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India’s place in the new hydrogen world order

India’s place in the new hydrogen world order

  • Higher fossil fuel prices are making green hydrogen comparatively cheaper, which could accelerate India’s transition to the clean fuel

The Russian invasion of Ukraine has rattled energy markets worldwide. With the climate crisis already increasing the urgency of weaning the global economy off carbon, soaring oil and gas prices driven by the war hammer home the message that fossil fuels are a risky business.

India is betting on solar and wind expansion to reduce its dependence on imported fuels and meet its climate goals, but still meets 80% of its energy needs through coal, oil and solid biomass. The country is tackling this vulnerability not only by ramping up renewables, but also by striving to become a world leader in the green hydrogen sector.

According to new analysis by the International Energy Agency (IEA), in 2021 the amount of power India generated by burning coal broke a new record, with an additional 13% above 2020 levels. Carbon dioxide emissions strongly rebounded due to increased coal use. The energy watchdog also predicted that as energy demand rises, India’s heavy reliance on imported oil and gas could leave the country vulnerable to price volatility and potential disruptions in the supply chain. The analysis proved prescient when the government this week reportedly prepared to raise the cost of petrol and gasoline to match a sudden price spike in imported crude, which accounts for 80% of India’s oil usage.

Solar is considered one of the most powerful tools to build India’s energy independence, and it is poised to keep growing. But policy bottlenecks and a trade war with China, which still provides the bulk of the components fuelling India’s clean revolution, are slowing this progress. While it may be too late to rectify some of these market trends for the solar sector, green hydrogen development is still in its infancy globally, and Indian policymakers intend to learn from past mistakes and establish more robust supply chains.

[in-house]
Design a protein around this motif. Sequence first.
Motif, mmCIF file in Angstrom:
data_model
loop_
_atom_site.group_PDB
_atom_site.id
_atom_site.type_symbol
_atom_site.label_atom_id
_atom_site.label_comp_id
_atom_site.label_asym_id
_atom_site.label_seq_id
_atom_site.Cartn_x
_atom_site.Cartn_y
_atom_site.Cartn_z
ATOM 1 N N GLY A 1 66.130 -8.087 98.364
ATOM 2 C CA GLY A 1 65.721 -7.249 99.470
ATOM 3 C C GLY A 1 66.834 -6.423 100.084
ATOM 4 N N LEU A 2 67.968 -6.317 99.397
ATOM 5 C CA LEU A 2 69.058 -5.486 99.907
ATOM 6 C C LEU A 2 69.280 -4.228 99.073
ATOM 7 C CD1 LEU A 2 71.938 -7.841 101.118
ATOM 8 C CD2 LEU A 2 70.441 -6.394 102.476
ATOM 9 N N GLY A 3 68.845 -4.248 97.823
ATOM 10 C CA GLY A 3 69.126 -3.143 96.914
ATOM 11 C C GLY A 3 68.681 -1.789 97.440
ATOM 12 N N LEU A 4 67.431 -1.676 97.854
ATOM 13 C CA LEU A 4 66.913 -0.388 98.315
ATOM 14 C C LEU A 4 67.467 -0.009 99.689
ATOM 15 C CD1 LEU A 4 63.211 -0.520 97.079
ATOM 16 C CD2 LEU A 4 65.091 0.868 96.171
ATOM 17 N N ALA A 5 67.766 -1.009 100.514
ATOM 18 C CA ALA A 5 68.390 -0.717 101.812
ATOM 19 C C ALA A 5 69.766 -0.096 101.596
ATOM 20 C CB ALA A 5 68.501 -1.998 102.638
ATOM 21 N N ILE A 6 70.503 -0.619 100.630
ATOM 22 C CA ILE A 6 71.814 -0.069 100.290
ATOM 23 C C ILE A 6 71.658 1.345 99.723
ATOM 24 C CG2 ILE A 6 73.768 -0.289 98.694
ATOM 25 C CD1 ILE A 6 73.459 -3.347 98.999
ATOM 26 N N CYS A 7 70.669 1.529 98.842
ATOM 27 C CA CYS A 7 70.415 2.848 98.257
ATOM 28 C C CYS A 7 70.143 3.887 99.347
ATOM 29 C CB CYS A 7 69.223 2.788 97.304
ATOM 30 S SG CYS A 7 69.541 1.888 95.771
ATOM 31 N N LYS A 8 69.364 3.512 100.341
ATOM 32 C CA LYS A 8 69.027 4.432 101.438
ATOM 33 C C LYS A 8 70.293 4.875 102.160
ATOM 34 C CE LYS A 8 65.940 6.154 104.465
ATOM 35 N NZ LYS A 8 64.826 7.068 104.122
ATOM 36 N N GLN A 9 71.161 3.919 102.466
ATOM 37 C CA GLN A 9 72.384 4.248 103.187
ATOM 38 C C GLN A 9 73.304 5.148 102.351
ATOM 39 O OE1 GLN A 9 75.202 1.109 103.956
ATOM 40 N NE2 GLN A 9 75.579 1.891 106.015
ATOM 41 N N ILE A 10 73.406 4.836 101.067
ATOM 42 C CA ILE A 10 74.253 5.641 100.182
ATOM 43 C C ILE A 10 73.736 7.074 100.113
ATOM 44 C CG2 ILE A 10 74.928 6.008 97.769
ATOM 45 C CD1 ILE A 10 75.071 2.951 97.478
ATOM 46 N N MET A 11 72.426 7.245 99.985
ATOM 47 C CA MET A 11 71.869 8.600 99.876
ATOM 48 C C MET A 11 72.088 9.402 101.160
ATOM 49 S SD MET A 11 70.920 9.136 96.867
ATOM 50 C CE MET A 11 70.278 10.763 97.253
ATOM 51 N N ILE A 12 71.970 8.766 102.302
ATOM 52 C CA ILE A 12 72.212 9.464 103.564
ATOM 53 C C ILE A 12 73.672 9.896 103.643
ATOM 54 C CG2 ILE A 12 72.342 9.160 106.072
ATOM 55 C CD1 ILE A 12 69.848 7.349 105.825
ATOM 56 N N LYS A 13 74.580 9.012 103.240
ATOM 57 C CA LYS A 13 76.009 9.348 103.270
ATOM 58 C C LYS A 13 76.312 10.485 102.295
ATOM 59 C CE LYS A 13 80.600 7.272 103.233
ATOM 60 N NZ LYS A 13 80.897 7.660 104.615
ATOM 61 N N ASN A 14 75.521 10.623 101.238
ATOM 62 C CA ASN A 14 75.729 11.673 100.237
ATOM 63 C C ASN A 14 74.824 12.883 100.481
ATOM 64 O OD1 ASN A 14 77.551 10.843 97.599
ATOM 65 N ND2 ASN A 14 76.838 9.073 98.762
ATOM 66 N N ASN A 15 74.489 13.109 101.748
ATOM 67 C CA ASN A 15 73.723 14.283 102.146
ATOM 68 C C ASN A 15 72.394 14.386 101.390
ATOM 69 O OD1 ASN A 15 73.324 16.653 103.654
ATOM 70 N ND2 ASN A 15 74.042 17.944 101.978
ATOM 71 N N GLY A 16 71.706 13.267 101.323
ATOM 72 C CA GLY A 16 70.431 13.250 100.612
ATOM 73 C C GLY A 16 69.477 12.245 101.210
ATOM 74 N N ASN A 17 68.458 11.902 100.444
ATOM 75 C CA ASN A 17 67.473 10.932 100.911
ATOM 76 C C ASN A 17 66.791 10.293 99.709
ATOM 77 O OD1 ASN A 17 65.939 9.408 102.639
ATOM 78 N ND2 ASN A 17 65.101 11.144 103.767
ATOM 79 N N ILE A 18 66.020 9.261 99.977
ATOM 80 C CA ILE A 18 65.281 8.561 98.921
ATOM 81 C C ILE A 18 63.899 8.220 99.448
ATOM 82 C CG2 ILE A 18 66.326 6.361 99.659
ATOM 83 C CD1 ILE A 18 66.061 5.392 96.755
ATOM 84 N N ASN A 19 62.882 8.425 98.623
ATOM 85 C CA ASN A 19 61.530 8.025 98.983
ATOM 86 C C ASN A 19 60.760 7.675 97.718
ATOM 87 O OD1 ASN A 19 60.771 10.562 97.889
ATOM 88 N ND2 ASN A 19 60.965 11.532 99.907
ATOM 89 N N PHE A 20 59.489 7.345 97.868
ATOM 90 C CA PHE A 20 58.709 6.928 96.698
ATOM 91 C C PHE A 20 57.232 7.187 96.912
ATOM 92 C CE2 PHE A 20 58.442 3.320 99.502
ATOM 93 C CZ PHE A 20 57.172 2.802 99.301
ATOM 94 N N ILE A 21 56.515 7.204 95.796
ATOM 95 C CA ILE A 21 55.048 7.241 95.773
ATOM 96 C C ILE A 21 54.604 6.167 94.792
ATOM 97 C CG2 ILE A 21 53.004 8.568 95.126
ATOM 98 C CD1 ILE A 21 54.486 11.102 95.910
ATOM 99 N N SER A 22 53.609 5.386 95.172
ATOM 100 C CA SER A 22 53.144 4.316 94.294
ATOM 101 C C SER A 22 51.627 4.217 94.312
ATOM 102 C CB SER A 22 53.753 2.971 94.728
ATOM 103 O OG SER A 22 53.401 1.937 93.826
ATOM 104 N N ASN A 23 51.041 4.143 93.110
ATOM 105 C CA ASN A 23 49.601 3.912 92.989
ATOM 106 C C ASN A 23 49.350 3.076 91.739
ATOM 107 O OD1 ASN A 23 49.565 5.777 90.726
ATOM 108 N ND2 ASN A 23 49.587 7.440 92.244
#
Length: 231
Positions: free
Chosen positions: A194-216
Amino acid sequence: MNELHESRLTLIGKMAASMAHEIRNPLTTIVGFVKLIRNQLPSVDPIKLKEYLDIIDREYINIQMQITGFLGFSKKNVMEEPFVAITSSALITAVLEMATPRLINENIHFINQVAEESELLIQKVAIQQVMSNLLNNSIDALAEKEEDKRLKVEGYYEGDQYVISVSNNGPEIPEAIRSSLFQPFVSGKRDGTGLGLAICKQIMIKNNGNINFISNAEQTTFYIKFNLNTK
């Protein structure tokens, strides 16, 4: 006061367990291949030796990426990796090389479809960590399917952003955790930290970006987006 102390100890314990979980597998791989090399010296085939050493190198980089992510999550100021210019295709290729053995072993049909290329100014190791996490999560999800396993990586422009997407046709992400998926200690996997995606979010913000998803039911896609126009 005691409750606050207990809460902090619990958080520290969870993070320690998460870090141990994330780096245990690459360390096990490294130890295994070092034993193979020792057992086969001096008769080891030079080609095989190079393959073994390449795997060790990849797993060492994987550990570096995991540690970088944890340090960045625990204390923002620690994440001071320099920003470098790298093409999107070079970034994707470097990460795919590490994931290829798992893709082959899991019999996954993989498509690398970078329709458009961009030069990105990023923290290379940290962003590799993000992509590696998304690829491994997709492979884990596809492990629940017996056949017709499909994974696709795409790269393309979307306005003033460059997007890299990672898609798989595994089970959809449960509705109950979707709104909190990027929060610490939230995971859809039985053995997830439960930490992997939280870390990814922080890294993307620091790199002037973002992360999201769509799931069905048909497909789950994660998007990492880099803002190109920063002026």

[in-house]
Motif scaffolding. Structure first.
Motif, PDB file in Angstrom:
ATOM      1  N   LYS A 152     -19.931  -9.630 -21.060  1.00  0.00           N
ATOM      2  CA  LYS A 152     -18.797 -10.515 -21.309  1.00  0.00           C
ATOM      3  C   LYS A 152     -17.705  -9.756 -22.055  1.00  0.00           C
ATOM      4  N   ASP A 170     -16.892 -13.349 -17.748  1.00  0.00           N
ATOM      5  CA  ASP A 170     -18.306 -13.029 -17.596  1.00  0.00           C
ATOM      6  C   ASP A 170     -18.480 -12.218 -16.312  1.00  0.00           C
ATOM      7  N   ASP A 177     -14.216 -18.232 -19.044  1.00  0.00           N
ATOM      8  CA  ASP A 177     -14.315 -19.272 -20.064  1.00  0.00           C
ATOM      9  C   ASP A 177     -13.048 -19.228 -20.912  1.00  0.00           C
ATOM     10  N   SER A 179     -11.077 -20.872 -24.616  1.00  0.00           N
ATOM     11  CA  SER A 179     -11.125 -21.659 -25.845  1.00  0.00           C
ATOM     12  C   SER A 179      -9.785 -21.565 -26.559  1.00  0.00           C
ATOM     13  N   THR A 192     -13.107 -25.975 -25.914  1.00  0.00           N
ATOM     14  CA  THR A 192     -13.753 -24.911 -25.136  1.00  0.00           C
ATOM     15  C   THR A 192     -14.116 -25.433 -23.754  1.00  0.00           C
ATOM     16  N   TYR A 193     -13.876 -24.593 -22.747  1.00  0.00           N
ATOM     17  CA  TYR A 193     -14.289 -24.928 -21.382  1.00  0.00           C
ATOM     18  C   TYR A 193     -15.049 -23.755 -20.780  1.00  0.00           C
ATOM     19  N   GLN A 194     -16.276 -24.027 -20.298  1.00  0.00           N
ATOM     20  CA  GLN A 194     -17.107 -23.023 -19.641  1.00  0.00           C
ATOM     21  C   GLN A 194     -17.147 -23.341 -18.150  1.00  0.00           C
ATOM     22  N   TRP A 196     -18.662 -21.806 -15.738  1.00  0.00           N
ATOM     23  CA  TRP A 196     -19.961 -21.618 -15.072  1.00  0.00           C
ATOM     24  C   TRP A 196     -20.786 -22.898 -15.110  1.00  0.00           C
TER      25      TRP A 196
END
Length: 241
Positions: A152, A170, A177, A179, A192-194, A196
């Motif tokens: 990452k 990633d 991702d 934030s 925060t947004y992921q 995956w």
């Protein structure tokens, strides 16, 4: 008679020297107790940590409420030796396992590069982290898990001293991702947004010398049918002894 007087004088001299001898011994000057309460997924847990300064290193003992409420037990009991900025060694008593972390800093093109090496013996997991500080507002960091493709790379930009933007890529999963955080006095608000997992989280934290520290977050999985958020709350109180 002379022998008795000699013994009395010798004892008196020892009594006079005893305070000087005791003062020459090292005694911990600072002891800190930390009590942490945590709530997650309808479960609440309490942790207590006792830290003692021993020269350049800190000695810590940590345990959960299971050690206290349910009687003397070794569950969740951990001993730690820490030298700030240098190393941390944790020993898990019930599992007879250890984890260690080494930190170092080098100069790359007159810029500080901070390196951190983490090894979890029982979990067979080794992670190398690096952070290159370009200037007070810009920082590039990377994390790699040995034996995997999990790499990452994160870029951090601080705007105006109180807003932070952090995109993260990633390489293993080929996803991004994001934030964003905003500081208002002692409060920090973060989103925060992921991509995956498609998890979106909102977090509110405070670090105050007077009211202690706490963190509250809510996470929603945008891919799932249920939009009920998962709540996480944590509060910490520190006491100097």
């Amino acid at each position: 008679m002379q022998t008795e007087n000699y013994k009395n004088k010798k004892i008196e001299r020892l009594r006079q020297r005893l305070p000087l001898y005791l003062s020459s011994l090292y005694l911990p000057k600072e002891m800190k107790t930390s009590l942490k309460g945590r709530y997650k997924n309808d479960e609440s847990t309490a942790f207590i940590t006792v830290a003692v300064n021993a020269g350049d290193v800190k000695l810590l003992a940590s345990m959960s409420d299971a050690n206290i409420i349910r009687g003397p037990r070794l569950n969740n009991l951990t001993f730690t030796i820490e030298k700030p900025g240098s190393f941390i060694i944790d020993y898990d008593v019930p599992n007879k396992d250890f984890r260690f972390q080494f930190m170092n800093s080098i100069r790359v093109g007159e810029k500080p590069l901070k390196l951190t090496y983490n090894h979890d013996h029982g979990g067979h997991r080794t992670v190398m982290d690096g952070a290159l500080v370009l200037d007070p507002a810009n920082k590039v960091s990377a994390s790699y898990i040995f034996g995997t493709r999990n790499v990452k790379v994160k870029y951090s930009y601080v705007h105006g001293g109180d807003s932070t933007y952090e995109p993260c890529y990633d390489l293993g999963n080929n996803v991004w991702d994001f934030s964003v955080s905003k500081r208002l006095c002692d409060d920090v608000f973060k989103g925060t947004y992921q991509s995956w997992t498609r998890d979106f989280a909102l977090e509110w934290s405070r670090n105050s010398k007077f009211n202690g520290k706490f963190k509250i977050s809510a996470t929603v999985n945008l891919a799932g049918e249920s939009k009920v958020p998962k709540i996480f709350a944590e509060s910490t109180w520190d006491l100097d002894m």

What is green, grey and blue hydrogen?
Grey, blue and green hydrogen only differ in the way they are produced. Grey hydrogen is obtained from fossil fuels such as natural gas, biomass or coal. It currently makes up the near totality of the hydrogen produced in India. Blue hydrogen is also produced using fossil fuels, but the process is combined with carbon capture and storage which traps its emissions. Green hydrogen is produced using clean power from sources such as solar, wind or nuclear.

Last month, the government launched a green hydrogen policy with the goal of producing 5 million tonnes of the fuel per year by 2030, about half of the EU’s target. The policy aims to facilitate the transmission of clean power for hydrogen production between states, addressing the connectivity issues that have stifled the circulation of solar and wind energy in the past. It also offers support for setting up manufacturing units across the country.

The building blocks of the hydrogen economy

Hydrogen is the most abundant chemical element in the universe, but it is not found in its pure form in nature. It has to be extracted from compounds such as natural gas, biomass or water, through electrolysis. When this process is powered by clean energy such as solar, hydrogen is entirely pollution-free, because it doesn’t emit carbon when used.

“The production of green hydrogen is fairly uncomplicated,” says Kashish Shah, analyst at the Institute for Energy Economics and Financial Analysis (IEEFA). Currently, he explains, producing green hydrogen in India costs around USD 7 per kg, while grey and blue hydrogen, produced using fossil fuels, cost less than USD 2 per kg. Lowering the price of green hydrogen is possible, and “it’s going to happen through reduction in prices of renewable energy and reduction of prices in the cost of electrolysers”.

A hydrogen map of India

But a hydrogen market is yet to be established, and its applications are not as broad as those of other sources of clean energy. For one, the gas is very flammable, which means it’s difficult to move around and is better used where it is produced. A future hydrogen map of India will look very different to a solar one, with plants located within the industrial clusters where the fuel will be used.

Developer Acme Solar has already set up what it believes to be the world’s first integrated solar to green hydrogen to green ammonia plant, with a capacity of 5 tonnes per day, in the desert state of Rajasthan, and is planning another one in solar-radiation-rich Oman.